The hazel dormouse, a small rodent species native to northern Europe and Asia Minor, is declining in numbers. The species is currently protected in Europe; however, despite conservation efforts, their numbers are declining at a significant rate, according to Wiley.
A recent mammal review study showed that the hazel dormouse population has declined 72 percent. During the study, researchers analyzed data collected between 1993 and 2014, across 400 sites in the UK. This equates to approximately a 5.8 percent decline per year.
The hazel dormouse lives in woodland areas and survives on insects, nuts and flowers. They are nocturnal animals, which enables National Dormouse Monitoring Programme volunteers at sites in England and Wales to conduct a more careful count.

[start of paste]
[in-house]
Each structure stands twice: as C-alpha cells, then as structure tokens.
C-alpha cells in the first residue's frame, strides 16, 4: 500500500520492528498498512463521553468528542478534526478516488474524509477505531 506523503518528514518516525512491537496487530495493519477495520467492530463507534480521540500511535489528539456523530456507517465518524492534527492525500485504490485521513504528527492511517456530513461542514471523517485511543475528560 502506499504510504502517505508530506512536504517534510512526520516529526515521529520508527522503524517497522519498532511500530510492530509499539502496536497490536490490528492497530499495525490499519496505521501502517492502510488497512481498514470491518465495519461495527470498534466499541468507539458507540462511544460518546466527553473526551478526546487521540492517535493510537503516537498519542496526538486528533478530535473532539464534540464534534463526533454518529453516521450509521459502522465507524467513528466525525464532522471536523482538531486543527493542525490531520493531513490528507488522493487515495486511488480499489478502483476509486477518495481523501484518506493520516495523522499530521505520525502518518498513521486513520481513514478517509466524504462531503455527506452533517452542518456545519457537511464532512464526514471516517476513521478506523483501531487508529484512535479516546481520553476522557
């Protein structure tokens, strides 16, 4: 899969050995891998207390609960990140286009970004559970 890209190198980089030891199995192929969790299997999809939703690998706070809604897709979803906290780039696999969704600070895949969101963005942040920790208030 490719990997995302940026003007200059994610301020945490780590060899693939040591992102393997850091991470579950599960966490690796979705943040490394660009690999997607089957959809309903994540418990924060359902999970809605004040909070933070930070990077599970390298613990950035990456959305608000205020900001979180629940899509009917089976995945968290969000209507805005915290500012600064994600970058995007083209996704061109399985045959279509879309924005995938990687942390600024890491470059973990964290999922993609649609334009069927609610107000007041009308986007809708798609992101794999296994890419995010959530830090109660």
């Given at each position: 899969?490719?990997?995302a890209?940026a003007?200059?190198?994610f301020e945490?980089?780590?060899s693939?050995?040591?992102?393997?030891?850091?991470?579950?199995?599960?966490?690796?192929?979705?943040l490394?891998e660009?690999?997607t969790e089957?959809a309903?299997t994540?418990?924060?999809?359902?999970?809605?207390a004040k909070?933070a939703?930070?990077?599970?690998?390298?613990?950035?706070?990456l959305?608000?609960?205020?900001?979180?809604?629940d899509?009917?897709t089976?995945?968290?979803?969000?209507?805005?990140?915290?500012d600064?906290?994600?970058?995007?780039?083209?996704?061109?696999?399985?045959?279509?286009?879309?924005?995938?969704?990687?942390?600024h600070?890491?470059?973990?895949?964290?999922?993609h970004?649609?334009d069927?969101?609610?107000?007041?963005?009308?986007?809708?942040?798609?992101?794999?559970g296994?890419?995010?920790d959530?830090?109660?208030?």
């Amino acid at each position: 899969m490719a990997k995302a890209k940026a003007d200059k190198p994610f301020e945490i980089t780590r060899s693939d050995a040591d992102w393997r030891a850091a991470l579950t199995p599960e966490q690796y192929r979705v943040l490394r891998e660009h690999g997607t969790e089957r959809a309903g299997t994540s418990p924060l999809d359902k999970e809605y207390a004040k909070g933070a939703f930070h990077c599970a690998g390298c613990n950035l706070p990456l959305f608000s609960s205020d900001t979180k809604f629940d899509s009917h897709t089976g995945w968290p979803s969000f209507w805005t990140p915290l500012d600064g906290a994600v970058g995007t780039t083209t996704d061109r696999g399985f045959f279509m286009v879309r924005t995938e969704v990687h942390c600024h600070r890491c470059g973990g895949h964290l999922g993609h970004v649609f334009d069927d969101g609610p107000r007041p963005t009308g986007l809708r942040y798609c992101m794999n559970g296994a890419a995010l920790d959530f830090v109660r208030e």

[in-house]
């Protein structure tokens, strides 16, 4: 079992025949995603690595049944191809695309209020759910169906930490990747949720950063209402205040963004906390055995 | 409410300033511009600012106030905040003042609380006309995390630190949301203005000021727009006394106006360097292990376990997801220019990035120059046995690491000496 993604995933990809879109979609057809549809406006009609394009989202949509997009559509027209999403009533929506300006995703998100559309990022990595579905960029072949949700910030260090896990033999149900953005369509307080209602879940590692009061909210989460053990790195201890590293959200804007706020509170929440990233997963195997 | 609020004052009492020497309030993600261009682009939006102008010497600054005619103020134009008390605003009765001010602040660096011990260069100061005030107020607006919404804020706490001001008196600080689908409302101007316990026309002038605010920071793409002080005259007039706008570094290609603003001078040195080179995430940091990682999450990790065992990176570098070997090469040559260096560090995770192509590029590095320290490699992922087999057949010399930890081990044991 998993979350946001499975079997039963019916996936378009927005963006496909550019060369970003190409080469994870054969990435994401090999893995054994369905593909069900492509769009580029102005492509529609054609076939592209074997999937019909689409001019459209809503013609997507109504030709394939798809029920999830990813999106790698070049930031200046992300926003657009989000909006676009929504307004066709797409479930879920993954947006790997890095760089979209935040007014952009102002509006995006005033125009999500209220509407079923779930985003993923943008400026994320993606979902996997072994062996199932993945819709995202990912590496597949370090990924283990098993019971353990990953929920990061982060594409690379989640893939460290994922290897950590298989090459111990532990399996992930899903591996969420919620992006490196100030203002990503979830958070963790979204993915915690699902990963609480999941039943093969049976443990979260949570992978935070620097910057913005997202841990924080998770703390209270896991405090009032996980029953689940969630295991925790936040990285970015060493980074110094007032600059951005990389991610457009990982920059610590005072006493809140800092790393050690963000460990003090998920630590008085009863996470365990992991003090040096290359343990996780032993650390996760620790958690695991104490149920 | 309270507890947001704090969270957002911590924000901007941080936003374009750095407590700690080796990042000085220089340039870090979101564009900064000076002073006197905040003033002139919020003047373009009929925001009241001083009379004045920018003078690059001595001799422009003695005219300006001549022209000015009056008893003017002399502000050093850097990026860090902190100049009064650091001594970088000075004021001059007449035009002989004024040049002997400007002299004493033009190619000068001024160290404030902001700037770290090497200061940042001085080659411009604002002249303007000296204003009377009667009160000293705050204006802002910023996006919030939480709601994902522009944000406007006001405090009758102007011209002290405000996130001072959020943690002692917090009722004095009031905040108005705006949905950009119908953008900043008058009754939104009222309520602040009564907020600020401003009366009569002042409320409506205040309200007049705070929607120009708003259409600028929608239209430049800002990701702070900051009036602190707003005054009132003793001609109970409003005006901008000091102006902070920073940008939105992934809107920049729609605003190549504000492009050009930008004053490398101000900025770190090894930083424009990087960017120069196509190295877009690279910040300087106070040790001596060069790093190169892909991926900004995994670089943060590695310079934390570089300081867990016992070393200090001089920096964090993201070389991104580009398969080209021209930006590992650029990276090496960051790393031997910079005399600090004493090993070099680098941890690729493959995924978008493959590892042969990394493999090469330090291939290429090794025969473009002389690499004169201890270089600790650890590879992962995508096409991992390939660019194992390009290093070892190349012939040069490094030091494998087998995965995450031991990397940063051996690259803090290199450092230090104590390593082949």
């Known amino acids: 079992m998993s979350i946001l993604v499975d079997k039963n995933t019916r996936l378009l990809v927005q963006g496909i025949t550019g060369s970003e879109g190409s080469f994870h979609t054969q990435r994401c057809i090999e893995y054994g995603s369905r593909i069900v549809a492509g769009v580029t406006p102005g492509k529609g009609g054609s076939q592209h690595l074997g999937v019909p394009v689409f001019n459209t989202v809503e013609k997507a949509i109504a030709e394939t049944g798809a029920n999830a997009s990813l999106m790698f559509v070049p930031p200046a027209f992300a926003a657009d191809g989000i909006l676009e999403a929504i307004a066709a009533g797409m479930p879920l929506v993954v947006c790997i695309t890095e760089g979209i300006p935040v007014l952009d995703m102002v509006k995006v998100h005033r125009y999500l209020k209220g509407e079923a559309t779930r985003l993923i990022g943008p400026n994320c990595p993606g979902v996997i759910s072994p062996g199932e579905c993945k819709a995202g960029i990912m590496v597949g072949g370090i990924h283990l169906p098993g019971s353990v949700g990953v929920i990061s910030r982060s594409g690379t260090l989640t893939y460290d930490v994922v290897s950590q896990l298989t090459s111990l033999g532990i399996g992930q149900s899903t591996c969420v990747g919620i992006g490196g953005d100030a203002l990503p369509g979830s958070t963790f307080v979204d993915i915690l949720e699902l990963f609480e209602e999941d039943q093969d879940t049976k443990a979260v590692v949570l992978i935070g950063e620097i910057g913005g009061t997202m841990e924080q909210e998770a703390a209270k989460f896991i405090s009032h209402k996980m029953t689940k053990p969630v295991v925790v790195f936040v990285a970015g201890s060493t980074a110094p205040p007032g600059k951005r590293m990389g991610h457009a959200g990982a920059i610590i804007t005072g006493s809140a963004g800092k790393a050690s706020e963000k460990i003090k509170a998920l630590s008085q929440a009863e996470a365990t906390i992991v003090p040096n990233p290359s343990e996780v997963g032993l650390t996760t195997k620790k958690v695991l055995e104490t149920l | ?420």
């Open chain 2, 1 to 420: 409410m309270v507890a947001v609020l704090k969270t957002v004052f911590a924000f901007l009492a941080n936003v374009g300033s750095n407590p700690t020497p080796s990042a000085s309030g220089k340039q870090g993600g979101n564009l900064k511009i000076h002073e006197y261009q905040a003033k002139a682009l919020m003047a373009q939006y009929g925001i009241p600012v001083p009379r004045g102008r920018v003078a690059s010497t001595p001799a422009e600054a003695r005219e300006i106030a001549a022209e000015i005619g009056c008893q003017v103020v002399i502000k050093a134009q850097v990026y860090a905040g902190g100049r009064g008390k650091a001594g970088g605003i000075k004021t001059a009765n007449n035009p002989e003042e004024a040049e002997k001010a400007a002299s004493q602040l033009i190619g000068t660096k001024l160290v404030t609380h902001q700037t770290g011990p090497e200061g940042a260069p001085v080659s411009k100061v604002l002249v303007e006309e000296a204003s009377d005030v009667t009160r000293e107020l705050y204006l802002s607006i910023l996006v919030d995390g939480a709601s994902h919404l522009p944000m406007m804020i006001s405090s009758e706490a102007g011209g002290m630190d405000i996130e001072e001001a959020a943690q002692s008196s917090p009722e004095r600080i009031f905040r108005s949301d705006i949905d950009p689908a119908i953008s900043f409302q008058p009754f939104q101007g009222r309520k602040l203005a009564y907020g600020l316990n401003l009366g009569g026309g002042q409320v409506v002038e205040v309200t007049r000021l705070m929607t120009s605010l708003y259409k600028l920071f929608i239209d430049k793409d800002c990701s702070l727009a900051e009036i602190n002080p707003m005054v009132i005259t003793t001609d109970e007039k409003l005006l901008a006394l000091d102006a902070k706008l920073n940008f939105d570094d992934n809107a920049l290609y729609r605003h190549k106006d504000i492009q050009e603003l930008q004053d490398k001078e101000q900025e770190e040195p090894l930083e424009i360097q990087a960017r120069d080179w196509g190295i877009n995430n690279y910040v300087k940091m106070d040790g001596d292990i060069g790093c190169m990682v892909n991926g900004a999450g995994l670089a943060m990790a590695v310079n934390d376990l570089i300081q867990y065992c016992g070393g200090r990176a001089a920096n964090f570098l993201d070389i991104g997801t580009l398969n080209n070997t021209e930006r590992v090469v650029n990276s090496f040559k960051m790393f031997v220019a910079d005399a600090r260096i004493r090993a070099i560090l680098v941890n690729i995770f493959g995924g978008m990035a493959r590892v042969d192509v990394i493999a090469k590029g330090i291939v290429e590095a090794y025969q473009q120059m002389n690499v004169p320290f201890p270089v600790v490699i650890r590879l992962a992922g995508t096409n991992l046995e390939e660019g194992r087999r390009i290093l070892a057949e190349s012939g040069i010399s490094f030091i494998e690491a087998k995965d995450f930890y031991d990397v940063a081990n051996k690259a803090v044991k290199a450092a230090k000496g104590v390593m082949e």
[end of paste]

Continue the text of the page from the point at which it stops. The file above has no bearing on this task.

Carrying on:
These number gathered during the study demonstrate an ongoing decline and point to the hazel dormouse, which is considered one of Britain’s most endearing woodland mammals, according to lead study author Cecily Goodwin, moving from a protected species to an endangered species in the UK.
The problems that threaten dormice are habitat loss and climate change. However, Professor Robbie McDonald, senior author of the study, said proper woodland management could make a big difference in saving the species.
By Trixie Dillwood
Photo by Thames Water